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Articulating Your Nonprofit’s Value Through a Theory of Change

By Nell Edgington



If you want to raise more money, chart a strategic direction, make your nonprofit more effective, get your board engaged, and achieve your mission, you need a theory of change. A theory of change is basically an argument for how your nonprofit turns community resources (money, volunteers, clients, staff, materials) into positive change in the community. Articulating this simple argument can dramatically increase your nonprofit’s effectiveness and financial sustainability. In order to help your nonprofit create a theory of change, I’m delighted to announce that we are releasing today our newest Step-by-Step Guide, Creating a Theory of Change.

More and more donors and board members want to understand how the nonprofit they are involved with creates social change. A theory of change helps your nonprofit do that.

A theory of change can strengthen your nonprofit in many ways:

  • As the backbone of a case for support or other fundraising collateral. With a theory of change, you can articulate the impact you are working to achieve, in a compelling way.
  • To revise the vision and mission of your organization, making them stronger and more compelling.
  • As a filter for new opportunities as they arise. Do new opportunities fit within your theory of change? If not, perhaps you should not pursue them.
  • To guide your strategic planning process. If you understand the organization’s overall theory of change and what you exist to do, it is much easier to chart a future course.
  • To get board members and other volunteers, friends and supporters engaged, committed, and excited about your work. If people understand the bigger picture, they will be more inclined to give more time, energy, and other resources to the work.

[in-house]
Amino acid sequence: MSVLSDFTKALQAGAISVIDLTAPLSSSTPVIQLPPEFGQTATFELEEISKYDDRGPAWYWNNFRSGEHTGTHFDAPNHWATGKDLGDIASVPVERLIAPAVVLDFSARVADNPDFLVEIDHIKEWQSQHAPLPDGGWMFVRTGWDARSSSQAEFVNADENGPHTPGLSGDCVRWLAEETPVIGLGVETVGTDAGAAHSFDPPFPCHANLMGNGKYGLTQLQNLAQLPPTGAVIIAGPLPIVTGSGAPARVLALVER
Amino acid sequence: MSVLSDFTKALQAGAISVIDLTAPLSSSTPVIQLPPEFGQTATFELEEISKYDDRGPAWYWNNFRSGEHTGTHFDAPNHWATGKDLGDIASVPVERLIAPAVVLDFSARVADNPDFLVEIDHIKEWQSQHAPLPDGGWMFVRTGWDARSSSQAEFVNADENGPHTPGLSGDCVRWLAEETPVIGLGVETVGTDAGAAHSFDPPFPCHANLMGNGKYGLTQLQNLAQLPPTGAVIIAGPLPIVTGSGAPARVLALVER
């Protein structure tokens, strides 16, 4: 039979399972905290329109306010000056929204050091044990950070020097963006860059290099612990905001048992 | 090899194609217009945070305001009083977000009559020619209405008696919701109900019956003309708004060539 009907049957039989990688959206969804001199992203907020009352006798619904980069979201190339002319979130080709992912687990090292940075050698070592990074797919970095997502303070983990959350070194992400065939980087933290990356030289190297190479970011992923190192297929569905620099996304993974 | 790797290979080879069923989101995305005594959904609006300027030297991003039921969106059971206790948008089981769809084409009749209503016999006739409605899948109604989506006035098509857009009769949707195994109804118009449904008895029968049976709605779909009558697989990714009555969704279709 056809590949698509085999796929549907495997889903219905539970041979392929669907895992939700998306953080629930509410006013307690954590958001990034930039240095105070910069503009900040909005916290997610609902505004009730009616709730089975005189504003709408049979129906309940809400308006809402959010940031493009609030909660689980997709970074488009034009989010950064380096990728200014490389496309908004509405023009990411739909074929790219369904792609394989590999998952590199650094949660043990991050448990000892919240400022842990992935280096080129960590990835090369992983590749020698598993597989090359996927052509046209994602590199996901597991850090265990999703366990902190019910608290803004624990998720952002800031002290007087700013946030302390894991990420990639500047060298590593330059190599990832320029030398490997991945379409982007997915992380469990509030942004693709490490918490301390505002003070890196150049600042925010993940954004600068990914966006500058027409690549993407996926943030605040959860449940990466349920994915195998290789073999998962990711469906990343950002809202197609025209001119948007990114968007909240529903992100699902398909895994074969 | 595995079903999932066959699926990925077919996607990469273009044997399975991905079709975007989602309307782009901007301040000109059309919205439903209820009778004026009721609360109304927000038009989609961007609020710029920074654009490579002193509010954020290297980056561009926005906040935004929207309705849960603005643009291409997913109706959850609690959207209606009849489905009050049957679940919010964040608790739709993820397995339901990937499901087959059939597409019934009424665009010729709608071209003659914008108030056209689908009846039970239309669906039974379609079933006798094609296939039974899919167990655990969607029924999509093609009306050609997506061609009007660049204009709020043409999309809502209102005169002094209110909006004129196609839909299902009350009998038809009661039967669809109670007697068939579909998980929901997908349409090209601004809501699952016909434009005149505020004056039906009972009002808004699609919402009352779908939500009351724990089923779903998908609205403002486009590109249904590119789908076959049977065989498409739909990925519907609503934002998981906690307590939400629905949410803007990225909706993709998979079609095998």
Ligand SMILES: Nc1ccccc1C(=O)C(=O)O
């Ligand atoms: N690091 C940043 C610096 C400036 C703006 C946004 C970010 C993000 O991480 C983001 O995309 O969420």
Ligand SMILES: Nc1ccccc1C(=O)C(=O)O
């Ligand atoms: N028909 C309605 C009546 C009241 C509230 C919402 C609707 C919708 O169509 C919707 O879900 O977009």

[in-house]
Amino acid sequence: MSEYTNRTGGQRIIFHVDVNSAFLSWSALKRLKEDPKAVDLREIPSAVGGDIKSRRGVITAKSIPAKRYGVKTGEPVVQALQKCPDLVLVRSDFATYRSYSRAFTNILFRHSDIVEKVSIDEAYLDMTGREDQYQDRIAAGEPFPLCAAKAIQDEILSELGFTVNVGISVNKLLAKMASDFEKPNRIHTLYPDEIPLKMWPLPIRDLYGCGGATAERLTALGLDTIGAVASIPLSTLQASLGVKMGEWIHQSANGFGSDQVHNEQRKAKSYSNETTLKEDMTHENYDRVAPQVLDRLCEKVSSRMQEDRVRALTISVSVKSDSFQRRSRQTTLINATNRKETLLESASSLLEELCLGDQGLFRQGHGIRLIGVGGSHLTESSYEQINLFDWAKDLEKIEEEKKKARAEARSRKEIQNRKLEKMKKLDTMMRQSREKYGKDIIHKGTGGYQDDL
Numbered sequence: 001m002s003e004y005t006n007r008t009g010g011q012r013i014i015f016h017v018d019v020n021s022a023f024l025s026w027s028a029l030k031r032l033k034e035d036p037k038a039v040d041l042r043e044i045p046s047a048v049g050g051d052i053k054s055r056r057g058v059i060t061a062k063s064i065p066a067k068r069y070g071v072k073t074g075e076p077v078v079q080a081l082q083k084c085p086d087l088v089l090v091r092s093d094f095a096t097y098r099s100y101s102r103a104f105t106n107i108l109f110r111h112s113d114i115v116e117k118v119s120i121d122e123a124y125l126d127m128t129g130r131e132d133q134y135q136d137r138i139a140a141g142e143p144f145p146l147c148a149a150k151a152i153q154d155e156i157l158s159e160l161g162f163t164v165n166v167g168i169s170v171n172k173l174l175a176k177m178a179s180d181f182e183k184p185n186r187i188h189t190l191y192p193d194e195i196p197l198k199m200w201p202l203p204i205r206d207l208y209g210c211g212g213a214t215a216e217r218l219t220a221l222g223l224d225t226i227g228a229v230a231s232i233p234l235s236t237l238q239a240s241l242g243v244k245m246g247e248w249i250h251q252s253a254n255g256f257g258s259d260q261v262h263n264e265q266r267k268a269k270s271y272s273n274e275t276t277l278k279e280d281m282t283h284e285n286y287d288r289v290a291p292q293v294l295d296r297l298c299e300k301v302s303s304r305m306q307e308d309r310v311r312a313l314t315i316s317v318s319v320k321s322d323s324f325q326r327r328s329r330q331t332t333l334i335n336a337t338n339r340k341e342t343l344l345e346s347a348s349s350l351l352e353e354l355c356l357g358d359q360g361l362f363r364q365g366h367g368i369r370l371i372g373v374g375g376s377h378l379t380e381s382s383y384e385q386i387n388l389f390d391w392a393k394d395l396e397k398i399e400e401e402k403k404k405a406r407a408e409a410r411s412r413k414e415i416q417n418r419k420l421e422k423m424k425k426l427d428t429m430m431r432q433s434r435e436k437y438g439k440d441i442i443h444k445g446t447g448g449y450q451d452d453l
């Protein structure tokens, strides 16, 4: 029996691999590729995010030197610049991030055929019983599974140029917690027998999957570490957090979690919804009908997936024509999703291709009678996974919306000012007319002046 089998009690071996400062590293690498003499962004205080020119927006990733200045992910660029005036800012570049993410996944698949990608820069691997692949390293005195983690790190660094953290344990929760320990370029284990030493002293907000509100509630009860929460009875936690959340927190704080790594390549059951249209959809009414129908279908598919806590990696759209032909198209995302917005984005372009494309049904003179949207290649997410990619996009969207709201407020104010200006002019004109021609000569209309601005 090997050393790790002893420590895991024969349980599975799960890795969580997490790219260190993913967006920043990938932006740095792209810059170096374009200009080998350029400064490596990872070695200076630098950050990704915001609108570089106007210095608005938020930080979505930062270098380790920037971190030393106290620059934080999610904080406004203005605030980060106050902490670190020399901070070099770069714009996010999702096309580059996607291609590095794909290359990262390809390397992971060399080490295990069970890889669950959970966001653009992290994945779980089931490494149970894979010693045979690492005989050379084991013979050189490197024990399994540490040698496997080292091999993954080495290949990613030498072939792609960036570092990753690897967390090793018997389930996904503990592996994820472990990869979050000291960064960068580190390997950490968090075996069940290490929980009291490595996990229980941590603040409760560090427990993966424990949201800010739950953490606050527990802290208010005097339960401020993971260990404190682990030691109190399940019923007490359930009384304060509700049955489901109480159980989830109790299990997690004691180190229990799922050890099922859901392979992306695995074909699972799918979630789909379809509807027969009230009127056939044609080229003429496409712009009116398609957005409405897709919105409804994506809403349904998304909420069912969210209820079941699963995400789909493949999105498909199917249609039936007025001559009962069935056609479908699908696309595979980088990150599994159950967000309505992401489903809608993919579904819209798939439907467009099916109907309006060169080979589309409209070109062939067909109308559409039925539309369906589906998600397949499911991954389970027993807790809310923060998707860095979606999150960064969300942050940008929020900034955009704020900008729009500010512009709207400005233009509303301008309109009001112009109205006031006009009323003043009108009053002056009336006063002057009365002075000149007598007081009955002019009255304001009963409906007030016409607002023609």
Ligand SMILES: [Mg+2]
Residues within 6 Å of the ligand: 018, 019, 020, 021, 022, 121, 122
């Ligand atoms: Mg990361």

• To help staff understand how their individual roles and responsibilities fit into the larger vision of the organization. This can increase staff morale, productivity, communication and overall commitment to the organization.

The Creating a Theory of Change Guide is organized around the parts of a Theory of Change. In each of the 8 sections of this guide there is a series of questions, which you will answer. Your answers to these questions become the basis for your final theory of change.

The sections of the guide are:

  1. Community Need
  2. Inputs
  3. Activities
  4. Outputs
  5. Outcomes
  6. Impact
  7. Final Theory of Change
  8. Next Steps

You can find out more about the Creating a Theory of Change guide here. And for information on our other Step-by-Step Guides, like the Financing Plan Guide, Business Plan Guide, or Case for Investment Guide, check out our Tools page.

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About the Author: Nell Edgington is President of Social Velocity (www.socialvelocity.net), a management consulting firm leading nonprofits to greater social impact and financial sustainability. Social Velocity helps nonprofits grow their programs, bring more money in the door, and use resources more effectively. For more information, check out Social Velocity consulting services and clients.


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1 Comment to Articulating Your Nonprofit’s Value Through a Theory of Change

[...] why things didn’t turn out the way you had anticipated. Did things go wrong because your theory of change was wrong or because your idea wasn’t implemented correctly? Note that in order to answer [...]

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